Overview of available toxicity data for calystegines

calystegine, nortropane, toxicity, plant toxins, Solanaceae, alkaloids
First published in the EFSA Journal
25 January 2019
18 December 2018
Scientific Report of EFSA


Calystegines are polyhydroxylated nortropane alkaloids that have been found in various solanaceous foods, in particular in potatoes and aubergines. The biological activity and potential toxicity of calystegines are associated with their capacity to inhibit glycosidases and block carbohydrate metabolism inducing lysosomal storage toxicity. The present report summarises the retrieved information on the possible toxicity of calystegines. Only few in vivo short‐term toxicological studies in rodents on individual calystegines or mixtures of calystegines were retrieved. Overall, these studies are insufficient to conclude on the possible chronic toxicity effects of calystegines in humans, in particular considering the short duration of the studies and potential lower sensitivity of rats and mice to glycosidase inhibitors, compared to other species such as goats and guinea pigs. Several studies and case reports were retrieved on the toxic effects induced in livestock or experimental animals following consumption or administration of plants containing calystegines. However, the concurrent presence of other alkaloids, in particular swainsonine, did not allow using these studies to draw conclusions on the toxicity of calystegines. Since no experimental data on genotoxicity of calystegines were retrieved, in silico predicting models were applied to identify possible alert for genotoxicity of five calystegines recently detected in food. In most of the cases, the outcome of the computational predictions indicated no alerts for genotoxicity; however, the low reliability of the results prevents a firm conclusion on the genotoxic potential of the substances. Overall, the available data do not allow drawing conclusions on the possible toxic effects of calystegines in humans or in livestock, and more data in relevant experimental models would be necessary to characterise the toxic profile of this group of substances.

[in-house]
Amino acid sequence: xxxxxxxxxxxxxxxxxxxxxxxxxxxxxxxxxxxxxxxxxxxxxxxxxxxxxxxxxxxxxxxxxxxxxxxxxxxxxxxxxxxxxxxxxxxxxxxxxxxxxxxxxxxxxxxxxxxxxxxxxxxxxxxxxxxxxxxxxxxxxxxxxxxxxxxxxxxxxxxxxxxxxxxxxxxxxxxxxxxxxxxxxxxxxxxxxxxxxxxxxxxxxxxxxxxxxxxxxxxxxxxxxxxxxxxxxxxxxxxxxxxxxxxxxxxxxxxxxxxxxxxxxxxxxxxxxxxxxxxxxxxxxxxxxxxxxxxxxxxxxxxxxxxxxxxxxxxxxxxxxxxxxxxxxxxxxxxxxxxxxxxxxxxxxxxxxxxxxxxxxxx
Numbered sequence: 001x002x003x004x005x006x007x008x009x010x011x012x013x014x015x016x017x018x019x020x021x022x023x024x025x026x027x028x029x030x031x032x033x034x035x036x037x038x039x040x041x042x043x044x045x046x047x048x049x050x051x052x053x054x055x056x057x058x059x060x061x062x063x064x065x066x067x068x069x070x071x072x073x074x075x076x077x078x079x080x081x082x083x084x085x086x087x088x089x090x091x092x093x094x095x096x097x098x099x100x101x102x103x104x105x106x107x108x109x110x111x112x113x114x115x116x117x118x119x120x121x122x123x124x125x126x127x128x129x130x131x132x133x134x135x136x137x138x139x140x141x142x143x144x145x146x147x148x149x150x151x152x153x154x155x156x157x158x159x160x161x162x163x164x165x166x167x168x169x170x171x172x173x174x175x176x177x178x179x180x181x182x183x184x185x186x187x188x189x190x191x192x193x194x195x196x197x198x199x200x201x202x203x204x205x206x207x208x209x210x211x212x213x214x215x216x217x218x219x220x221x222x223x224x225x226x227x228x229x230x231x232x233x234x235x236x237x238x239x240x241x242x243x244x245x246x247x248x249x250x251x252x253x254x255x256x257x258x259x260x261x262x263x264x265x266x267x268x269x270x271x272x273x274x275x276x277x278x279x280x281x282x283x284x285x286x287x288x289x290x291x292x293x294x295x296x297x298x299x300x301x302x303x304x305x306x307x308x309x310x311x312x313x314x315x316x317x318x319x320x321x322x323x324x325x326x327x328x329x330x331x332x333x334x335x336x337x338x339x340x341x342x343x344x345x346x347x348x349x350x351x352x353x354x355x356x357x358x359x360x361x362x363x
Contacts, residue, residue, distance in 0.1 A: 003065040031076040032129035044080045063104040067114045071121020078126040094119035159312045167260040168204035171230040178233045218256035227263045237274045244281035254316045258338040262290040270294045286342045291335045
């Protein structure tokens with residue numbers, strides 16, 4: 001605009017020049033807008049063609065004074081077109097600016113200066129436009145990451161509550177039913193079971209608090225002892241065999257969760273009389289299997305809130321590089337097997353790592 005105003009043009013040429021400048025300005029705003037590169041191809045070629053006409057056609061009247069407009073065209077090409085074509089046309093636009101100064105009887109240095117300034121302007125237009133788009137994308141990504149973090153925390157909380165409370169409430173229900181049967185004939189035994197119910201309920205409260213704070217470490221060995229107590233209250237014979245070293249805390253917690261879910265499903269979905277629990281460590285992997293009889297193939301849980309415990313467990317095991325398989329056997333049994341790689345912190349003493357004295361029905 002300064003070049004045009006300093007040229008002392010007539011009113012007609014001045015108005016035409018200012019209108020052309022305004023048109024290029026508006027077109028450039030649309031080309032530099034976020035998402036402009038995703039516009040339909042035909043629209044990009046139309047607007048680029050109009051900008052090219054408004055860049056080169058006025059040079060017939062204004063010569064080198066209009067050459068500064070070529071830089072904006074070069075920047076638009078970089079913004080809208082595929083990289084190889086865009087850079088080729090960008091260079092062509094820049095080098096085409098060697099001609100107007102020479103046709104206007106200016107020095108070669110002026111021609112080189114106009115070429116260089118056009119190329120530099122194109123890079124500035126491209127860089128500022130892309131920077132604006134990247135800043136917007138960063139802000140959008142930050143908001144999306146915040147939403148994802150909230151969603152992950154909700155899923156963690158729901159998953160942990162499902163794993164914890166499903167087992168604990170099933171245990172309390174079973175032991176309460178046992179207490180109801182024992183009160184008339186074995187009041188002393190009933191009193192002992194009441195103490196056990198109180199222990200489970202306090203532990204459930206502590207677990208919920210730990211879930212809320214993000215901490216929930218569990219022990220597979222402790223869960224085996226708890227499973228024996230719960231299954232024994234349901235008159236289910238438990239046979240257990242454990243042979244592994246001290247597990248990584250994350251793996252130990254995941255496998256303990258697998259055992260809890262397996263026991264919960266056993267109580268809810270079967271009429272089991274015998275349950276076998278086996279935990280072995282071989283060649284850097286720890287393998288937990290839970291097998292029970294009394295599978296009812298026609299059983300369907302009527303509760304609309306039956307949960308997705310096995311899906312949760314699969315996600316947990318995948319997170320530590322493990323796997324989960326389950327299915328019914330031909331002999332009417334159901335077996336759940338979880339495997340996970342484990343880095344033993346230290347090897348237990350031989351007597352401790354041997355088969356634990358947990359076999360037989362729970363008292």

European Food Safety Authority
biocontam [at] efsa.europa.eu
EFSA Journal 2019;17(1):5574
Question Number
On request from
European Commission